What should you do when you tell a child to go to time out, but the child refuses to go? There are few things that are harder to deal with as far as discipline problems are concerned, in my opinion. This question was recently asked of me on my HeidiSongs Facebook page, and because it is such a difficult issue to deal with, I thought that I would post my response and of some of the other responses here. It was also the topic of part of my classroom management presentation at the SDE Missouri Kindergarten Conference that I was at last Tuesday, and the Alabama Kindergarten Association Conference last week on Saturday! So the topic is on my mind at the moment. I would love to hear from more of you if you have other ideas to contribute! As far as I am concerned, the more ideas and experiences that we all have to draw from, the better! By the way, if there are any other questions you would like me to tackle, please feel free to leave a comment below or post it on my Facebook page!
I also would like to mention that there is now a great new blog that is written by a teacher that has been working with emotionally disturbed special education children for 20 years! It’s called Teaching Through Turbulence, and the author, Heather, tackles some very difficult situations and tells how she has dealt with them through the years. She also takes questions from teachers that are struggling and are looking for help. I highly recommend it!
Also, our Classroom Management DVD is DONE and now posted on our website here. Here is a clip from it. I hope you enjoy it! I find that a bunch of the songs on it are extremely helpful, such as “I Can Follow the Rules,” “The Tattling Song,” “No Interrupting,” “Is It a Question or a Story?” and the “Glue Song” (“Just a dot, not a lot! One dot!”)
What Do You Do When A Child Will Not Go To Time Out?
Here is the basic gist of what I do when children refuse to go to time out when they are told, and there is no doubt that they really MUST go (such as if the child is openly defiant or disrespectful to the teacher, another adult, or hurts another child.) Please keep in mind that this is for major problems; I do not do this for “every little thing.”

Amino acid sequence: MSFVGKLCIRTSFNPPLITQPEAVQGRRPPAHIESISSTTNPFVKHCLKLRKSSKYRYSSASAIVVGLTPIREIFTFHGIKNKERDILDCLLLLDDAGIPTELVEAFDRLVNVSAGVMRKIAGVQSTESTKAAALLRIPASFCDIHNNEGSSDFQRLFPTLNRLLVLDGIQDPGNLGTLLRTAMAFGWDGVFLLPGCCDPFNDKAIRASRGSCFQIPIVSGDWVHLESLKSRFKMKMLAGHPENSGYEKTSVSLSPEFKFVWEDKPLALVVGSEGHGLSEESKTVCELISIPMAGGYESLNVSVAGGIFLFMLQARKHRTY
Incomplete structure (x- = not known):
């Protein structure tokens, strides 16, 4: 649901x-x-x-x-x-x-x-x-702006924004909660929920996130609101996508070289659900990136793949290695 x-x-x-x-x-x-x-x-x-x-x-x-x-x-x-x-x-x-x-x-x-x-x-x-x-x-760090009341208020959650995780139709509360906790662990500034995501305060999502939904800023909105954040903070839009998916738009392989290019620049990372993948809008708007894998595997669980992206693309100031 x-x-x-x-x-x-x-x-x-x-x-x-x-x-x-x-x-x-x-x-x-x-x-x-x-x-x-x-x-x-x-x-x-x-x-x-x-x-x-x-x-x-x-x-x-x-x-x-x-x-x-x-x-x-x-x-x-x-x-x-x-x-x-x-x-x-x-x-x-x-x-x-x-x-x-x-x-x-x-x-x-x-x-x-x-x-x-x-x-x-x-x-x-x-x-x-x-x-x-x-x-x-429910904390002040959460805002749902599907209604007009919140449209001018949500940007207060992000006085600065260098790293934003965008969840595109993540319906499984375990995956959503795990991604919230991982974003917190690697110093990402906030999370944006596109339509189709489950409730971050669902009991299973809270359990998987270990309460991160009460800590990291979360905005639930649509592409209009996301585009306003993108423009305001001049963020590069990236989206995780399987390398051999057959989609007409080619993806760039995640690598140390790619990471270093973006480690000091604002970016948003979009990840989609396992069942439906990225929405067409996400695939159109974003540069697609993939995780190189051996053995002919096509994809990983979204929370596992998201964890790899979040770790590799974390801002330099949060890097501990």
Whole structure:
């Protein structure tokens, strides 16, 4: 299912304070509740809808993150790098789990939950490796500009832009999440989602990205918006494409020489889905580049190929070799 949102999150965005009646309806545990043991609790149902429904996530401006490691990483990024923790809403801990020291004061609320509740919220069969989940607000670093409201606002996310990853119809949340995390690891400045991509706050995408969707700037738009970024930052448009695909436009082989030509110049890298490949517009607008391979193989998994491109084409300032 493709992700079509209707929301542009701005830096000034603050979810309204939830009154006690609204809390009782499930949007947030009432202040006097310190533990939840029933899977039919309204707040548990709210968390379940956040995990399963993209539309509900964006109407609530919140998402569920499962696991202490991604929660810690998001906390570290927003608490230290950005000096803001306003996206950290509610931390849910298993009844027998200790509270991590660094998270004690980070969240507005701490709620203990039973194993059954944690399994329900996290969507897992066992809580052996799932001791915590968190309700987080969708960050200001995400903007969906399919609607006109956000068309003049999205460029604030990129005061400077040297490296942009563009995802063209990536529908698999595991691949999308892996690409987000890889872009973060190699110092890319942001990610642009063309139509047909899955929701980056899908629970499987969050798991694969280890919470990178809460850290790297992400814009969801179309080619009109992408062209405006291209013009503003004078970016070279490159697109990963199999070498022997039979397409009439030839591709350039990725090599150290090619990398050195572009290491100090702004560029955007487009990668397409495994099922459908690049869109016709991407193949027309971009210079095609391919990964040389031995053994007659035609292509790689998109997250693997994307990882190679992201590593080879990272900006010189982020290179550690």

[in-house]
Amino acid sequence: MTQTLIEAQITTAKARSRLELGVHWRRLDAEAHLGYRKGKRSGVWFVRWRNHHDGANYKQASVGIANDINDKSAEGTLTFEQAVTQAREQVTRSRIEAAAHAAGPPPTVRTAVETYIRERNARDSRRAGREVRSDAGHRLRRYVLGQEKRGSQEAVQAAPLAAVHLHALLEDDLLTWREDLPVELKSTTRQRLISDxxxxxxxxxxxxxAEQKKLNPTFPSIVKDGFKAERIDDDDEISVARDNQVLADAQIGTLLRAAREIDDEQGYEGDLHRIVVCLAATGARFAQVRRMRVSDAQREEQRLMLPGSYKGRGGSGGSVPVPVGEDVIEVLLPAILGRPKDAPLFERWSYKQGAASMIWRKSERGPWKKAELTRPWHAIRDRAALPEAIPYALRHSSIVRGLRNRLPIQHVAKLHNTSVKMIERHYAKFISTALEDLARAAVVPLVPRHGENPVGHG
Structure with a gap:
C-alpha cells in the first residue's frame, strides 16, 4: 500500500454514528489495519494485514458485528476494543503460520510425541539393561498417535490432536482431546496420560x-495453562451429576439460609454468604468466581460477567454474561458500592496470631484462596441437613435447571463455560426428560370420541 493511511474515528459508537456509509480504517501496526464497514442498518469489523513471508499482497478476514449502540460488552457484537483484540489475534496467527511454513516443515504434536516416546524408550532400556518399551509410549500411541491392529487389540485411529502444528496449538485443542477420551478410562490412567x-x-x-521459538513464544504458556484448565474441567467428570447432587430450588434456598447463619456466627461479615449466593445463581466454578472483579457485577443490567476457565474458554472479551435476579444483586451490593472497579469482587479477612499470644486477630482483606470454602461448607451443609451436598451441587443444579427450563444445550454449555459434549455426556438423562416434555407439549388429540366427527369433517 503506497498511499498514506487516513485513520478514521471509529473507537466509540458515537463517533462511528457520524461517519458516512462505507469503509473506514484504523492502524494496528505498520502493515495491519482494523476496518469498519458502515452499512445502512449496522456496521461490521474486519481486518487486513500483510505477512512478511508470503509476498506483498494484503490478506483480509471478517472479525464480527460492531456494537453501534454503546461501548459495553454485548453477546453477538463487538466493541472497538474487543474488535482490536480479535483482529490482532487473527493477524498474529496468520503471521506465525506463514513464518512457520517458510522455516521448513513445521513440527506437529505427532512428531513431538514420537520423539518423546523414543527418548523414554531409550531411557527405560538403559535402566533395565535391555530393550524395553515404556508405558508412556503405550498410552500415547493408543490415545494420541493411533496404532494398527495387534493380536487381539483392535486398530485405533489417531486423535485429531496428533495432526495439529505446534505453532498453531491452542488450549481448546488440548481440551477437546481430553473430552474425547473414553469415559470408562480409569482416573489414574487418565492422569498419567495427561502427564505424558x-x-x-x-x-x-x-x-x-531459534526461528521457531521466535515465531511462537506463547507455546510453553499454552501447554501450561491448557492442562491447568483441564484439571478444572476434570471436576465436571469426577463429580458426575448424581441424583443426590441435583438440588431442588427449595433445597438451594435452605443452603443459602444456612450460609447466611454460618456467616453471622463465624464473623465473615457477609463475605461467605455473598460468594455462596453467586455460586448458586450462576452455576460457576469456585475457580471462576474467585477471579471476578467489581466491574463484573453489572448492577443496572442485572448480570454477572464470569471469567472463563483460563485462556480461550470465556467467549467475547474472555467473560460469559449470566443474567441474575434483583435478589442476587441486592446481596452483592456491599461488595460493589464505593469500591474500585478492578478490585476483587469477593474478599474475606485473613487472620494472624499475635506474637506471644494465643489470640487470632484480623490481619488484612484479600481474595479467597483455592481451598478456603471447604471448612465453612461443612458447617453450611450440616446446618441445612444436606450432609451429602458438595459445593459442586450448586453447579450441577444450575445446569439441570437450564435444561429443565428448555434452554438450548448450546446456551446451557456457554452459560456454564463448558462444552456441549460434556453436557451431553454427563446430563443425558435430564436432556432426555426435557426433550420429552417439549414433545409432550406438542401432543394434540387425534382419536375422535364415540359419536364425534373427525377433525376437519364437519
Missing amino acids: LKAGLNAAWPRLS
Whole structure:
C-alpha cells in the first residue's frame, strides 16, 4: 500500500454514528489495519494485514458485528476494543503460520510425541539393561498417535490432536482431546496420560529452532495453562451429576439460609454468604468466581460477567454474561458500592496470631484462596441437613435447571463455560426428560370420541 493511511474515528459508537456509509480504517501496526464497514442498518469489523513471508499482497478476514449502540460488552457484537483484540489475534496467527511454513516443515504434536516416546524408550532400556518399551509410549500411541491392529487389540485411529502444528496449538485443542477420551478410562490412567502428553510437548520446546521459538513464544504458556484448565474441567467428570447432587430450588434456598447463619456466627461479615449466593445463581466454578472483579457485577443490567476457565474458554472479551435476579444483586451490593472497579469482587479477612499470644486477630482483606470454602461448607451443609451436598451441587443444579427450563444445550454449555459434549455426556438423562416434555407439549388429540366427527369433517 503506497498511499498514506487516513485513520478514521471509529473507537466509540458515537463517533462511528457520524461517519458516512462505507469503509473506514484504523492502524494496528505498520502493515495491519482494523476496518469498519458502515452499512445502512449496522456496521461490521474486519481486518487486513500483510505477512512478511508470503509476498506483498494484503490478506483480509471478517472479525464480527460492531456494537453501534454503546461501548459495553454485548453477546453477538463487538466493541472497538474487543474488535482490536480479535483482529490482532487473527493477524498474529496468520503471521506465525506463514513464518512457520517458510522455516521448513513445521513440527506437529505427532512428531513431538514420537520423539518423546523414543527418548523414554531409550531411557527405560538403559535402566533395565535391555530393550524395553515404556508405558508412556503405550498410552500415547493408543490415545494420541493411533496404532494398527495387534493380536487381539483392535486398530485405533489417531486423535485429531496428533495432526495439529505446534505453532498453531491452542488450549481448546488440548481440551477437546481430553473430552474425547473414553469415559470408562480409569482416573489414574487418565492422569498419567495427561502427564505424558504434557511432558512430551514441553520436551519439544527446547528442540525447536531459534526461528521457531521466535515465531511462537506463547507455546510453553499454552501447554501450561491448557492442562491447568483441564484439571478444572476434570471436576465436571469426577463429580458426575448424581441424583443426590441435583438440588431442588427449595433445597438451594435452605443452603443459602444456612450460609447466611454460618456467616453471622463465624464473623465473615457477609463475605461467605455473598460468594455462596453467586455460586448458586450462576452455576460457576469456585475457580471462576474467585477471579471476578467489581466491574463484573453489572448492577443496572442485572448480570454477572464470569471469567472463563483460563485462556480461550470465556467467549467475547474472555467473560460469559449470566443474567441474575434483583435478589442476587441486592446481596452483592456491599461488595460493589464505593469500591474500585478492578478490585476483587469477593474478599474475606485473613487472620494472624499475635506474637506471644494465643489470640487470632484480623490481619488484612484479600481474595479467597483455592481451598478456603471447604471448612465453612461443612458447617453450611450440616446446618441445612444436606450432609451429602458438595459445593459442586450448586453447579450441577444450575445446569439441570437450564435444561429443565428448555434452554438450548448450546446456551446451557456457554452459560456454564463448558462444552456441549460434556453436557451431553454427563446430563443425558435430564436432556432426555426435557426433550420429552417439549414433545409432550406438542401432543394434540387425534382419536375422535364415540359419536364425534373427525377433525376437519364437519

1. I first keep insisting that he or she go, like a broken record.
2. Give the child a choice to go now or later.
After I ask the child a few times to go, I make it clear that the child has two choices: to go now for five minutes, (and tell them that’s not much time), or to go later for a long time, usually giving up ALL of playtime or recess.
3. Ask the other children to help the child decide which he or she should choose.
Usually they will all start saying, “Just go NOW!” Ask the other children what they would like to play during playtime with the offending child. Ask them to invite that child to play with them later. Then tell the child that he won’t be able to do it unless he goes to time out now.
4. Let the child know it’s okay if they choose to take a long time out later.
If he or she still won’t go, let them know that you will not forget, and that it’s okay with you that they chose to give up all of their playtime later instead of a little time now.
5. Try not to show that you are mad, or you will have let the child “win.”
Sometimes, kids are looking for that big reaction, and if you reinforce that, this is more likely to happen a second time.
6. Make sure you don’t forget to follow through later.
Make sure that you do not forget later to put the child in time out if you said that it could wait. Put your “biggest tattletale” in charge of helping you remember, and write yourself a note or set a timer. The follow through is very important if you don’t want to go through this every day!
7. Let the child take the time-out later right where they are.
Later, if the child will also not go, then tell the child that right where he or she is sitting is now their time out spot. Pull up a chair and sit by them. Make sure that they don’t touch any toys and tell the children that no one can play right there nearby.
8. If a child will not stay there, and gets up to walk around or move away, then call the office and ask for help.
Luckily for us, at our school we have an elementary school counselor that will come get children and sit and talk to them about behavior issues. She has actual lessons worked out that are grade level appropriate for many situations, so she will sit and try to TEACH the child about what went wrong and about making better choices. She is a fabulous resource but is there only four days a week rather than daily. So on some days, she is not on campus, and then of course, she is often quite busy with students from other classes!